Although I have yet to try this, I have seen other growers string Christmas lights around plants or fruit trees before placing a row cover or blanket. The lights (choose non-LED ones) emit a small amount of heat that may be just the boost your plants need to be protected from an impending frost. This may be particularly useful during an unexpected spring cold snap.
Wrap Fruit Trees
If you fruit trees, young ones between one to four years old may be more sensitive to frost injury.
If trees have buds or blossoms in the spring, a hard frost might stunt the growth, leading to a reduced harvest throughout your growing season. If you have citrus trees, then you need to be particularly careful about low temperatures. Anything below 29°F might cause severe to permanent damage to your trees.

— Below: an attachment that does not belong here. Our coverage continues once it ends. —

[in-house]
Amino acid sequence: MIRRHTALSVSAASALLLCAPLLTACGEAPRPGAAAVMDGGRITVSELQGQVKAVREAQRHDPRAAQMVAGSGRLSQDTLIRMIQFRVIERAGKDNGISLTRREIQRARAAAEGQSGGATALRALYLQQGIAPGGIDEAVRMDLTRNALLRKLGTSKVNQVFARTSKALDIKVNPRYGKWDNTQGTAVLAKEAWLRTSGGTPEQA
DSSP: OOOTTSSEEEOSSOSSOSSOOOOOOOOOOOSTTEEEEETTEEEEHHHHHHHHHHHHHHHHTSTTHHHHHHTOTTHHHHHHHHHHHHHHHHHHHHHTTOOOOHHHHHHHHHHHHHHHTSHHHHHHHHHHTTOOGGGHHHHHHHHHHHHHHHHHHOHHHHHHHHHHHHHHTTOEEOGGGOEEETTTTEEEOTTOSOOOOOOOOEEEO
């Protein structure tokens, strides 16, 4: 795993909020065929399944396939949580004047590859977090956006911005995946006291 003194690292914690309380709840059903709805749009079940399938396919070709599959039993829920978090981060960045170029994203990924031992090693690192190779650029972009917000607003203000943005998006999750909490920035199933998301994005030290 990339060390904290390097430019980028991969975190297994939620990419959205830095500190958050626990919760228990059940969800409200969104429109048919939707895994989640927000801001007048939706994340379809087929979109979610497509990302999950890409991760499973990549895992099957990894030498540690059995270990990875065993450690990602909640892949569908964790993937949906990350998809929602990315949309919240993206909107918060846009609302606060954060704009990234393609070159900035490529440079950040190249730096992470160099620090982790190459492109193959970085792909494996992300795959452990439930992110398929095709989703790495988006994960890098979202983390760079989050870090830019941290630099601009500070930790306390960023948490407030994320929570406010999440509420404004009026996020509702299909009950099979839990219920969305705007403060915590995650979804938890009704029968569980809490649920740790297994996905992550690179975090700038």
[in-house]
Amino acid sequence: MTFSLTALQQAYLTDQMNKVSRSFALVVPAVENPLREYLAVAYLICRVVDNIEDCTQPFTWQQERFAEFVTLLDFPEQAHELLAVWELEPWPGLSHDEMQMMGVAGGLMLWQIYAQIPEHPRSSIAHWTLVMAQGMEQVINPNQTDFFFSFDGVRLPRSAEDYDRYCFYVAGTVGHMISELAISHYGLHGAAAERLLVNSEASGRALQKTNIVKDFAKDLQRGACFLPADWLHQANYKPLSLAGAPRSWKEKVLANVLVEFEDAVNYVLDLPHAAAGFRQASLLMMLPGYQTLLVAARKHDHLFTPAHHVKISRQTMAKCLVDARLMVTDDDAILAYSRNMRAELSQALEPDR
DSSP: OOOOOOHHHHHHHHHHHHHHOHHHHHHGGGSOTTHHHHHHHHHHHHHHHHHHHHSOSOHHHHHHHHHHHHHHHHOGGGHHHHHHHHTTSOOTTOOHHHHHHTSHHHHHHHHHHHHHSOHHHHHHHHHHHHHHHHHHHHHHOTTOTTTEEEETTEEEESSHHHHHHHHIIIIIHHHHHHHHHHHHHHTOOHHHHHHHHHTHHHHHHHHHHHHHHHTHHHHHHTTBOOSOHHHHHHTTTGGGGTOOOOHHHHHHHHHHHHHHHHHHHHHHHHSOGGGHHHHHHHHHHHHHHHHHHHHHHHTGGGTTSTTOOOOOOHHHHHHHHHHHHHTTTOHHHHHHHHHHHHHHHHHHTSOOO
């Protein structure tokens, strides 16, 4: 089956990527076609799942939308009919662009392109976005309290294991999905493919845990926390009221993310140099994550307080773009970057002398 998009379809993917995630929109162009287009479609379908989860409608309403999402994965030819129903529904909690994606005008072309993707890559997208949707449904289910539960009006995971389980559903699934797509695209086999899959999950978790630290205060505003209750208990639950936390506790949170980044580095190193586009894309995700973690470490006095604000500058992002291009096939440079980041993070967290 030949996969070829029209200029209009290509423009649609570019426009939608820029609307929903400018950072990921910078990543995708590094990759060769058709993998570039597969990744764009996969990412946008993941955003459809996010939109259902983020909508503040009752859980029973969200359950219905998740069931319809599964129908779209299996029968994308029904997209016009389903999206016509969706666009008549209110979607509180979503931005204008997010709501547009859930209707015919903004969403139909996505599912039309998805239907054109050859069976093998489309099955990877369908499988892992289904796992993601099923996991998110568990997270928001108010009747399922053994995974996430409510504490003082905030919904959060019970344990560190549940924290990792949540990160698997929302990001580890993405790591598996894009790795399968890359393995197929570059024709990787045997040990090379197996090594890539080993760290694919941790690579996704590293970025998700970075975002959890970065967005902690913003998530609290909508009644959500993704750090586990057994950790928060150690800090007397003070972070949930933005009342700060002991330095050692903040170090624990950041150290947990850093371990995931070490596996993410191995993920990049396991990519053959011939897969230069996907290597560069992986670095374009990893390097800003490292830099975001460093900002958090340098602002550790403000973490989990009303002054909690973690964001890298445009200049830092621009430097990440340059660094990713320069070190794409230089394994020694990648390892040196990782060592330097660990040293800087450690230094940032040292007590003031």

Using towels, blankets, cardboard, rags, pipe insulation, burlap, or felted tree protector wraps, start at the base of the trunk and wrap around the trunk, making sure to overlap the layers every few inches. Then, use twine or weatherproof tape to secure the wrap.
What to Do With Frost Damaged Plants
Frost-damaged plants have leaves and branches that turn black or brown. When the weather warms up and the danger of any frost passes, then, it’s time to prune away the damaged foliage.
If a spring frost “touched” the tops of your plants, a bit of pruning is all you may need to set the plant back on the right path! This is especially true of something like basil – a plant that is tender, but greatly benefits from pruning!
Sometimes, a plant looks wilty and dead but will keep growing and producing! We had a 13 degree F night last night, and my Brussel sprouts look pretty sad. But I bet when it warms back up to the thirties this week, we will find some perfectly good sprouts under the droopy leaves!